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I loved early pics of the spy shot pics of the M5 with alloy wheels painted black. Does anyone know any company who can do this professionally [in the uk] by painting the standard silver alloys into the black ones.

Has anyone done this and are what is the quality like afterwards [or problems] ?

Thanks.

360bhp
??????
 

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Any good paint shop that can provide powder coating should be able to help you. Here is the process taken from the Andrews Powder Coating web site in CA. I'm sure there are similar facilities in the UK. Good Luck

1. Preparation: Depending on the base material (substrate), we will carefully clean off any pre-existing powder coated or painted surface by chemical stripping or utilizing sandblast media ranging from mild to aggressive granulations, or using glass beads for other color effects. (what does sandblasting do, and what is glass beading?) During this process, all rust and metal corrosion is removed so that when your piece is finished, it is better than brand new!

If the part you bring to us is already powder coated, we will take every step to avoid sandblasting to remove the existing finish, and instead suggest that the piece be chemically stripped of the coating. The reason for this is that IF the piece was properly prepared and sandblasted the first time it was powder coated, the coating should be so difficult to remove that your part could potentially be ruined in the removal process. Properly applied powder coating finishes SHOULD NOT be able to be sandblasted off easily!
What if my parts are chrome plated?

2. Pre-Baking: Next, the parts get pre-baked. We feel that pre-baking parts is one of the characteristics of a high quality coater. The pre-baking temperature is approximately 20 degrees hotter than the actual powder coating baking temperature. This process bakes out any impurities that may be lurking within the pores of the metal (a process called ‘outgassing’). If these impurities are not pre-baked out, they can, and will, bubble up and out during the final curing process, causing unsightly blemishes in your powder coated finish! Bubbling up can further make it probable that your powder will start to chip and cause entire sections of coating to fall off.

3. Polishing: If you have parts that require some of the surfaces to be polished during the finishing process, we will give them a solvent bath and another pre bake to remove any of the fingerprints your parts may have accumulated during polishing.

4. Masking: Masking is followed by an additional chemical cleaning “wipe down” step, removing finger prints or debris that may have gotten onto your parts.

5. Powder Application: Next, the masked parts make their way to the powder booth where they are hung on electrically grounded racks. The powder is given a 30K-90K volt charge, and using a special electrostatic spray gun, the powder is sprayed onto the part where it adheres to the material, much like the way dust clings to a tv screen. This process applies the powder in a smooth and even coating.
At this stage, the powder is still just that- powder- and can be completely blown off by an air hose or wiped off with your finger!

6. Oven Curing: Once coated, the racked parts are rolled into one of our two convection style ovens. Powder coating experience has our entire staff fine tuned to proper curing times and techniques. Different sizes of parts, different metals and even substrate thicknesses and powder composition dictate the temperatures and time your piece(s) spend in the oven!
Remember, the metal of your individual part must become hot enough to melt the powder at its’ proper cure statistic for optimum adhesion!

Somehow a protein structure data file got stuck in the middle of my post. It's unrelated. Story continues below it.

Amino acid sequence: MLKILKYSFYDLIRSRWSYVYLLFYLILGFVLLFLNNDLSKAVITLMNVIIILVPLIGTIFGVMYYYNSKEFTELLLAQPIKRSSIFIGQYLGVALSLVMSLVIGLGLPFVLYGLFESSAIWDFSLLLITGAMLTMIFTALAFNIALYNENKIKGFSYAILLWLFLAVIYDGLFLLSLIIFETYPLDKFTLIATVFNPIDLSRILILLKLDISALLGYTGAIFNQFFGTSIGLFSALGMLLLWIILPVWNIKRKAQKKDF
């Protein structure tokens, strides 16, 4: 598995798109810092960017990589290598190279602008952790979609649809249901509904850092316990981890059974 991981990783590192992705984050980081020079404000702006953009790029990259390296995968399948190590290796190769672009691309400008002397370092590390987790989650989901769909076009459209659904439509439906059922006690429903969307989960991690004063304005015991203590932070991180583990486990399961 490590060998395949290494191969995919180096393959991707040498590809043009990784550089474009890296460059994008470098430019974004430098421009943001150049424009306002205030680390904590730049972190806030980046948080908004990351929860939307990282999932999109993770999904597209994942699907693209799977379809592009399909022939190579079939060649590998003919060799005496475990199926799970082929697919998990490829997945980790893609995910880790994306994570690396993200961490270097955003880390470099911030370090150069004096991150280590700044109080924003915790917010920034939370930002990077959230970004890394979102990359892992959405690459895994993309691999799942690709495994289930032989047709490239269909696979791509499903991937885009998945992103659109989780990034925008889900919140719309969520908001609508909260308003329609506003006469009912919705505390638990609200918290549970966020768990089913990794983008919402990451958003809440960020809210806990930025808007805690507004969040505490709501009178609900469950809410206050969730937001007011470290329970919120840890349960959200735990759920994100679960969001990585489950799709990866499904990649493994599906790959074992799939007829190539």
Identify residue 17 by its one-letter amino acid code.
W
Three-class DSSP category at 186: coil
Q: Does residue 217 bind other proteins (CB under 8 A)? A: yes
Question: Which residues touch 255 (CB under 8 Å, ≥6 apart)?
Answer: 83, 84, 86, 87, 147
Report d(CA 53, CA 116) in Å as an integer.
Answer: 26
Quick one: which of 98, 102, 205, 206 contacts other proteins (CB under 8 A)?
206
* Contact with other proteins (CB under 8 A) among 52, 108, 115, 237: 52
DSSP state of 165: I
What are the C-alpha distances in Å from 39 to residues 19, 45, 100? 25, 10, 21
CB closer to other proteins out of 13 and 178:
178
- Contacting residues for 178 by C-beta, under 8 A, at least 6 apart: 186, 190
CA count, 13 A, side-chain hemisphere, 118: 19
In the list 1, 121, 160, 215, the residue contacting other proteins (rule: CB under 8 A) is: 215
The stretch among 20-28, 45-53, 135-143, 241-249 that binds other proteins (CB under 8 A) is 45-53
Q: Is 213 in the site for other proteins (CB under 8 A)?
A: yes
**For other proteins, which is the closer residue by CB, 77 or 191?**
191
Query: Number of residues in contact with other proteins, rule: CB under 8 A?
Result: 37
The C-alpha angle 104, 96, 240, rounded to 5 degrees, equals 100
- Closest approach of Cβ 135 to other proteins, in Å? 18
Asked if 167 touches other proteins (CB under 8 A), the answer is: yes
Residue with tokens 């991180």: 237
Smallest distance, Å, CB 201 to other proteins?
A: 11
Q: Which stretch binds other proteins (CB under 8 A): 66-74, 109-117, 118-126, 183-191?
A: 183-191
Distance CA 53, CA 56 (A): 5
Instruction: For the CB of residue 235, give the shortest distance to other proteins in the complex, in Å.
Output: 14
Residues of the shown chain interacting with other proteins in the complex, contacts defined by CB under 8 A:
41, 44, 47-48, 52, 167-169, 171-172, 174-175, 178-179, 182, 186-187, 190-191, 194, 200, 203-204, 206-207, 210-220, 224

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AbruzziBoy said:
Any good paint shop that can provide powder coating should be able to help you. Here is the process taken from the Andrews Powder Coating web site in CA. I'm sure there are similar facilities in the UK. Good Luck

1. Preparation: Depending on the base material (substrate), we will carefully clean off any pre-existing powder coated or painted surface by chemical stripping or utilizing sandblast media ranging from mild to aggressive granulations, or using glass beads for other color effects. (what does sandblasting do, and what is glass beading?) During this process, all rust and metal corrosion is removed so that when your piece is finished, it is better than brand new!

If the part you bring to us is already powder coated, we will take every step to avoid sandblasting to remove the existing finish, and instead suggest that the piece be chemically stripped of the coating. The reason for this is that IF the piece was properly prepared and sandblasted the first time it was powder coated, the coating should be so difficult to remove that your part could potentially be ruined in the removal process. Properly applied powder coating finishes SHOULD NOT be able to be sandblasted off easily!
What if my parts are chrome plated?

2. Pre-Baking: Next, the parts get pre-baked. We feel that pre-baking parts is one of the characteristics of a high quality coater. The pre-baking temperature is approximately 20 degrees hotter than the actual powder coating baking temperature. This process bakes out any impurities that may be lurking within the pores of the metal (a process called ‘outgassing’). If these impurities are not pre-baked out, they can, and will, bubble up and out during the final curing process, causing unsightly blemishes in your powder coated finish! Bubbling up can further make it probable that your powder will start to chip and cause entire sections of coating to fall off.

3. Polishing: If you have parts that require some of the surfaces to be polished during the finishing process, we will give them a solvent bath and another pre bake to remove any of the fingerprints your parts may have accumulated during polishing.

4. Masking: Masking is followed by an additional chemical cleaning “wipe down” step, removing finger prints or debris that may have gotten onto your parts.

5. Powder Application: Next, the masked parts make their way to the powder booth where they are hung on electrically grounded racks. The powder is given a 30K-90K volt charge, and using a special electrostatic spray gun, the powder is sprayed onto the part where it adheres to the material, much like the way dust clings to a tv screen. This process applies the powder in a smooth and even coating.